“Deep calls unto deep in the roar of your waterfalls . . .” – Psalm 42:7
The Bible says God is “up there.” God reigns on high. God goes up to joyful shouts. Raise your eyes to heaven. Lift your hearts to God. God is a higher power.
But the Bible also says God is “down there.” In chasms, valleys, bedrock, graves. In the depths of love, loss, and pain. In the depth of prayer, too, where sighs replace words. God is a lower power.
Moses discovered this with Pharaoh breathing down his neck. God’s power plunged under the sea, exposing seabed. Once they got down to the bottom of things, the Hebrew children were free.
Jonah discovered this sailing away (he thought) from God. In a storm, the crew tossed him overboard. Down he sank. Up from the fathoms came Leviathan to save him. Spewed onto Nineveh’s shore, he finally did God’s will.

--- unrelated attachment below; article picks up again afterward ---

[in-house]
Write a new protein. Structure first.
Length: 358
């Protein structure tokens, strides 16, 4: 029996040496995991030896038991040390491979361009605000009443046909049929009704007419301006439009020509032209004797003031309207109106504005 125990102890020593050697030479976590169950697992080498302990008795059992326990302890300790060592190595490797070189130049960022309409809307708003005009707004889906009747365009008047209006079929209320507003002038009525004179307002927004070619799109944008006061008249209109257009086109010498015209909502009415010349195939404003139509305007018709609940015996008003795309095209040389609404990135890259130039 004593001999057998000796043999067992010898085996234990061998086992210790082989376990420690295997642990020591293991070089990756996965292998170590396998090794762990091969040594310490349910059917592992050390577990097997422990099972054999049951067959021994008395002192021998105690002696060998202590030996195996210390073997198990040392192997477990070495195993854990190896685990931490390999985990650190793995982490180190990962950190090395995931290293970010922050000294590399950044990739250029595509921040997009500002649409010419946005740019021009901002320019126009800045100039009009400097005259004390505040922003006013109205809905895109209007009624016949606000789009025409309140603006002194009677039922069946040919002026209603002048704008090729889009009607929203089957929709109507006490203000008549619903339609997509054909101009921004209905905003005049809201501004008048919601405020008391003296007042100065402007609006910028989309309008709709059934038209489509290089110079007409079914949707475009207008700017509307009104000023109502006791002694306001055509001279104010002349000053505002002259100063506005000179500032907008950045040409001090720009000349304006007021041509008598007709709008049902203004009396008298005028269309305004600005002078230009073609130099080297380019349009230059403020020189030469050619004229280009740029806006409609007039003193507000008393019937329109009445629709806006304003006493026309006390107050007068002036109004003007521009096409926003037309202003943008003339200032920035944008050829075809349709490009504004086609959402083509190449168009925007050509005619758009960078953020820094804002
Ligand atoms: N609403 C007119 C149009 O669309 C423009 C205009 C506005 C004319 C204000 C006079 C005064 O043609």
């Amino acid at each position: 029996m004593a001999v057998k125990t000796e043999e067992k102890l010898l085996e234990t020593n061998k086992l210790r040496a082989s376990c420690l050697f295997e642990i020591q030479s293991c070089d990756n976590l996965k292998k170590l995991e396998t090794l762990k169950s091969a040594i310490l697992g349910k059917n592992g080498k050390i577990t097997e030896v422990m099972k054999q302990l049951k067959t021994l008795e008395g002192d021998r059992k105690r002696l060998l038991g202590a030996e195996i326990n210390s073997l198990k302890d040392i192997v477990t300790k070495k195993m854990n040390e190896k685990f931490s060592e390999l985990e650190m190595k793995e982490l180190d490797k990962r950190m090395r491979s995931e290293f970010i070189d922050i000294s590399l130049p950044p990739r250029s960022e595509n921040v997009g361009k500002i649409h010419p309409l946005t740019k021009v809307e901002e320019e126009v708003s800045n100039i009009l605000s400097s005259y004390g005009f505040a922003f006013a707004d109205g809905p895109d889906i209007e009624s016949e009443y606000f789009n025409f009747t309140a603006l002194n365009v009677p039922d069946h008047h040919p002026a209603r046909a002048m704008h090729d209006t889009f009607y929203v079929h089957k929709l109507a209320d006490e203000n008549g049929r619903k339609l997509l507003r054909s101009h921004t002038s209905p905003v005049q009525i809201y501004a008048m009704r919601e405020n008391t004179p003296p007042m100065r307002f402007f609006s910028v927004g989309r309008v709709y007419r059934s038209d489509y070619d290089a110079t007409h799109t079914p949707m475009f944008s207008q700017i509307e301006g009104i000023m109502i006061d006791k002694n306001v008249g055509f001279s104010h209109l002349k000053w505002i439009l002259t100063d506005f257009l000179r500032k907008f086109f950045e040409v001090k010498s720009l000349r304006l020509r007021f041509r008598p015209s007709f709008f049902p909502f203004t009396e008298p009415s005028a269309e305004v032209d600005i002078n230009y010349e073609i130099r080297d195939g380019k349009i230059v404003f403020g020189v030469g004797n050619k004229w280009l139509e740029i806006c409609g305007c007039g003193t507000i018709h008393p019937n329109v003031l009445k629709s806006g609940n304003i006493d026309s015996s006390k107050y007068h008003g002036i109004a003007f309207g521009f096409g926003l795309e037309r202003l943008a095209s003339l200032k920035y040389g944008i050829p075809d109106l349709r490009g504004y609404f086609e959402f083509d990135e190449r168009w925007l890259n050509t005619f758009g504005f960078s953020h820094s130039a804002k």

Ezekiel learned this on a grisly tour of a bone-strewn valley. Like corpses bulldozed into pits at Treblinka, the bones were a people, the “whole House of Israel.” In genocidal depths Ezekiel preached them back to life.
Christ went deepest of all, dispossessing himself of highness in a mother’s womb. One silent night she laid him to sleep in a lowly trough. Deep in rock he was laid to sleep again, dead from wounds we gave him. In the final abyss God found him. Easter took place in a grave.
If God is a lowness, here’s what I wonder:
Why do I who love God try so hard to go high, get high, climb the ladder, stay on top? Why don’t I love a more lowly way, a trajectory downwards into fissures love has not yet filled, into the world’s deep pain? Why don’t I seek a humble, hidden life with this fathomless Mercy awaiting me down there, where freedom begins, and deep calls longingly to deep?
God of the deep, O deepen me. Amen.
Mary Luti is a long time seminary educator and pastor, author of Teresa of Avila’s Way and numerous articles, and founding member of The Daughters of Abraham, a national network of interfaith women’s book groups.